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The Loon rides again with attack on Sun's comic value

McNealy is no Letterman

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A Sun Microsystems conference would not be complete without the witty musings of Merrill Lynch analyst Steve Milunovich.

Milunovich's reputation as "The Loon" precedes him. This is the man that backed research and development with unparalleled vigor during the dot-com boom only to turn his back on technology development a stock market crash later. And now Miloonovich has applied his razor sharp wit to Sun's new Java Enterprise System.

Here's his first take on the product.

"Sun's push into software could be disruptive to IBM and Microsoft's enterprise software businesses. By pricing its desktop and server suites at $50 and $100 per employee per year, up to 75 percent cheaper than competitive offerings, Sun could cause enterprises to reconsider their purchases."

This is classic Loon. The analyst has a particular knack for pointing out the obvious. He excels at it.

Miloonovich has a duty to keep things simple for his customers. We understand this. It makes sense to give the basic details of Sun's move and put them in context. His context, however, is rather underwhelming. But we are here to help.

Sun's new pricing scheme has the potential to affect a whole host of companies. IBM and Microsoft do head the list, but HP, Dell, Veritas and BEA may feel some heat as well.

Neither HP or Dell has a homegrown middleware stack. This means they are forced to turn to partners such as Microsoft and BEA for the code customers need. If Sun falls flat on its face with the Java Enterprise System, then neither HP nor Dell has a worry. If, however, the plan succeeds, then HP and Dell will both be at Microsoft, BEA or (insert ISV here)'s mercy. HP and Dell need to pray that software makers adjust their prices at speed.

Keep in mind that it took Sun about a year to figure out the pricing model for the Java Enterprise System. Sun had to look at how the price change would affect its bottom line, how to integrate the products, how to train employees to sell the package and how to explain it.

We can't stress enough that Sun must show success with the Java Enterprise System to be taken seriously. It has tried to undermine the app server makers before by bundling its product with Solaris. This did not work well. For the Java System pricing model to have major impact, Sun needs to get some wins this time. But now we sound like The Loon.

Still, the pricing model could well be considered one of those mystical inflection points whether Sun succeeds or fails. The company has pushed the vast majority of "a system's" value onto the hardware part of the purchase. At $100 per employee, the software stack is just along for the ride.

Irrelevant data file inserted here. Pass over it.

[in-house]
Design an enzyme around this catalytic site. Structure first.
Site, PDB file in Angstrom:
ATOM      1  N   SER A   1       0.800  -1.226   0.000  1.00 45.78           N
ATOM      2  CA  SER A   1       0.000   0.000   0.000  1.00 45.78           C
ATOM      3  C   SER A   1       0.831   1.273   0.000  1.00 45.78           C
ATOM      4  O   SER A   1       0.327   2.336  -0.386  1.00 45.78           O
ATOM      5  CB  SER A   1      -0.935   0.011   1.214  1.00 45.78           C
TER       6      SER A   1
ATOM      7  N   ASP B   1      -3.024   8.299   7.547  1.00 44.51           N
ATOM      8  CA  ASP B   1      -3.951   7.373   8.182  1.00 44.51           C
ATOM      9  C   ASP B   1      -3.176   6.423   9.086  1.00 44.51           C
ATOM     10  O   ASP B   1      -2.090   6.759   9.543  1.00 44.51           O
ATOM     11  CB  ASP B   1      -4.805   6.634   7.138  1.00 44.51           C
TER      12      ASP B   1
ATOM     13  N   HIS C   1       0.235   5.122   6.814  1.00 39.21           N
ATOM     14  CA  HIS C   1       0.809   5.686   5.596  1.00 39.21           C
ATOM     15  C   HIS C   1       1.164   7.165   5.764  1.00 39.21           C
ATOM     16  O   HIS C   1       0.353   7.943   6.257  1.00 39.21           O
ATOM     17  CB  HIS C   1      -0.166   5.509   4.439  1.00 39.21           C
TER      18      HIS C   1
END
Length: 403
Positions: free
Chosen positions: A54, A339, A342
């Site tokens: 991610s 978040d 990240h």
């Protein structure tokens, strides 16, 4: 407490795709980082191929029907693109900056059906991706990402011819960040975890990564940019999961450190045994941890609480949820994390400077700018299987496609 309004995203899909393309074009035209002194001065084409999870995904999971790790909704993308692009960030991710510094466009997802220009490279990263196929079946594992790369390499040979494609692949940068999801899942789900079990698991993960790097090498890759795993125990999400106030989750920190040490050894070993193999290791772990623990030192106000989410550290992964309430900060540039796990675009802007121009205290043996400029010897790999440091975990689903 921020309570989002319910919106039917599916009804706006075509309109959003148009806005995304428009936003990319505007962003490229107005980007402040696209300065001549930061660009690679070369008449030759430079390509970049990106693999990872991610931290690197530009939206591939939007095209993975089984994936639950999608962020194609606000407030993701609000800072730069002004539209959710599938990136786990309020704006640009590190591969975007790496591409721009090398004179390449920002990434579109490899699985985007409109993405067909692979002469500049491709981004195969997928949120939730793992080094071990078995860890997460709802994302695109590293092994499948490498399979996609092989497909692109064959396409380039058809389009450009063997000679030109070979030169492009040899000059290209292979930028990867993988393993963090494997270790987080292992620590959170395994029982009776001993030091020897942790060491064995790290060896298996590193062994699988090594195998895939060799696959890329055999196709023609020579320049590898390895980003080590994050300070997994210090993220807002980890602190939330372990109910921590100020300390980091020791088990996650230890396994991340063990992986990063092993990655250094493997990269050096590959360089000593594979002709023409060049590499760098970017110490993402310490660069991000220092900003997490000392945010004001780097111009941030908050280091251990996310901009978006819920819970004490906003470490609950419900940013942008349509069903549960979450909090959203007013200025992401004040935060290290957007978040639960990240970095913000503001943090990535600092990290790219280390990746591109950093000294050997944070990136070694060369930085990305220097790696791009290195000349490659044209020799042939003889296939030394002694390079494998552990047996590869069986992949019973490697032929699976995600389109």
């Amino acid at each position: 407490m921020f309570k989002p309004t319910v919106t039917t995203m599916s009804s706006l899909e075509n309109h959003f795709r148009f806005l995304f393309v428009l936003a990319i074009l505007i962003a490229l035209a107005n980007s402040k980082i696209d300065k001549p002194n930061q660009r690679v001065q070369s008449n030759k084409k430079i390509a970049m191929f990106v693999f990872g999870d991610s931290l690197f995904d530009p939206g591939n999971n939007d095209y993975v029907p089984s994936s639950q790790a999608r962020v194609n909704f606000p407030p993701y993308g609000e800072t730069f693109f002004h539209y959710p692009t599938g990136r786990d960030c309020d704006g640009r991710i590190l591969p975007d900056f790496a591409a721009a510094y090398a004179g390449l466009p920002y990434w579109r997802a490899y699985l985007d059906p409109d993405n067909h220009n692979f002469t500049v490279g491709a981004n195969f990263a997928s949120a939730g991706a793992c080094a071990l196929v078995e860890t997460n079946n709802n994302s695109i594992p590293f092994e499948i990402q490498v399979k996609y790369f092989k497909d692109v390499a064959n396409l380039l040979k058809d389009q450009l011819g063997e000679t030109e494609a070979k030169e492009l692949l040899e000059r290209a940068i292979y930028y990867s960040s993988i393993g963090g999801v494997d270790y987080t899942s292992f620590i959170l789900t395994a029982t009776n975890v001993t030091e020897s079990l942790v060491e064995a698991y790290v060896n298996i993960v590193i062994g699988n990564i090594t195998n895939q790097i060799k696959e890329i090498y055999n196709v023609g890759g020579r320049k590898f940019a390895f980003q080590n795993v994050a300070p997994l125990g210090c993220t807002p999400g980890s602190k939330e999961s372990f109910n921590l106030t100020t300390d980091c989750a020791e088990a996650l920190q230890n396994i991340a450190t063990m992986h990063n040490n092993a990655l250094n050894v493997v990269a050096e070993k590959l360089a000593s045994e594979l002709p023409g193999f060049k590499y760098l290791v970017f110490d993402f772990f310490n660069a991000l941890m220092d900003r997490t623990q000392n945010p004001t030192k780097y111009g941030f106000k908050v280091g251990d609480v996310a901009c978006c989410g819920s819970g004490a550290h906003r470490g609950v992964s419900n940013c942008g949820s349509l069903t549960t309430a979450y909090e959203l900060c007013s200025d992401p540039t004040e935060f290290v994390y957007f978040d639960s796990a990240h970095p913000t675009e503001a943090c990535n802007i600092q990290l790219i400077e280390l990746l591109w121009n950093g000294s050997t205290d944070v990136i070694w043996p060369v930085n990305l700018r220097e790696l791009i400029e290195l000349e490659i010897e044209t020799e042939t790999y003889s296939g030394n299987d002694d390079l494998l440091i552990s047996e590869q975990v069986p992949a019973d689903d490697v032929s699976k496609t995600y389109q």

Jonathan Schwartz, executive vice president at Sun, tells us that 90 customers have already requested a quote for the Java Enterprise System. 30 of these requests came from non-Sun customers. It's in this requests alone that hardware and software makers will feel pressure from Sun.

The customers will look at Sun's model and then return this bid to Microsoft or whomever. Sun's new pricing method will require a response and with that should come some change.

Some of these finer points seem to elude Miloonovich. All he could come up with is the following:

"Sun's EVP of software, Jonathan Schwartz, introduced two of its seven new software products-Sun Java Desktop (Mad Hatter) and Sun Java Enterprise (Orion). We believe the other five systems will be for mobility, smart cards, developers, operators, and possibly cell phones."

Miloonovich uses the word "believe" here to indicate his ability as a prognosticator. The funny thing is that Sun, in fact, told the audience that the other systems would most certainly be for mobility, smart cards, developers and operators. The "possibly cell phones" bit would seem to fall under mobility already. It's not clear how Merrill was confused there.

We're not sure how much Stevo is paid, but we think he should be encouraged to pay closer attention. The missing fifth piece of the puzzle that Sun actually pointed to was a purple plug depicted at the back of a slide describing the Java System stack. Sun execs said they will tell us more about the plug later, but we suspect it may have to do with utility style pricing models and the like.

Miloonovich may have missed these little details because he did not actually attend the show or because he grew misty while thinking of Dell's supply chain. We didn't see any analysts here in catholic school girl outfits, so we are pretty sure he did not make it to Sun Network. (As a quick aside, isn't amusing that The Loon loathes R&D but covers nanotechnology for Merrill.)

Miloonovich did, however, manage to catch parts of the Sun Network Web cast, as evidenced by his closing research note remarks.

"Sun still faces an uphill battle with its against-the-grain strategy of Solaris on Intel and Linux on the desktop. Our surveys indicate gradually eroding customer support. Even CEO McNealy's Top Ten list didn't get the laughs it used to."

Stevo, of course, doesn't know what it's like to get laughs, but we think the bit about the top ten list is actually his most valuable insight. McNealy's writers have really started to slack. The Oracle World list was abominable, and the Sun Network comic relief wasn't much better.

We have no idea what bearing McNealy's unfunny top ten lists have on the company's performance, but if The Loon points it out, it must be important. In keeping with this theme, we challenge Merrill to kick off a new McNealy laughter quotient/customer loyalty/market share survey so we can really gain a firm idea about Sun's future.

Scott, please, try to keep Sun alive. Be more funny. ®

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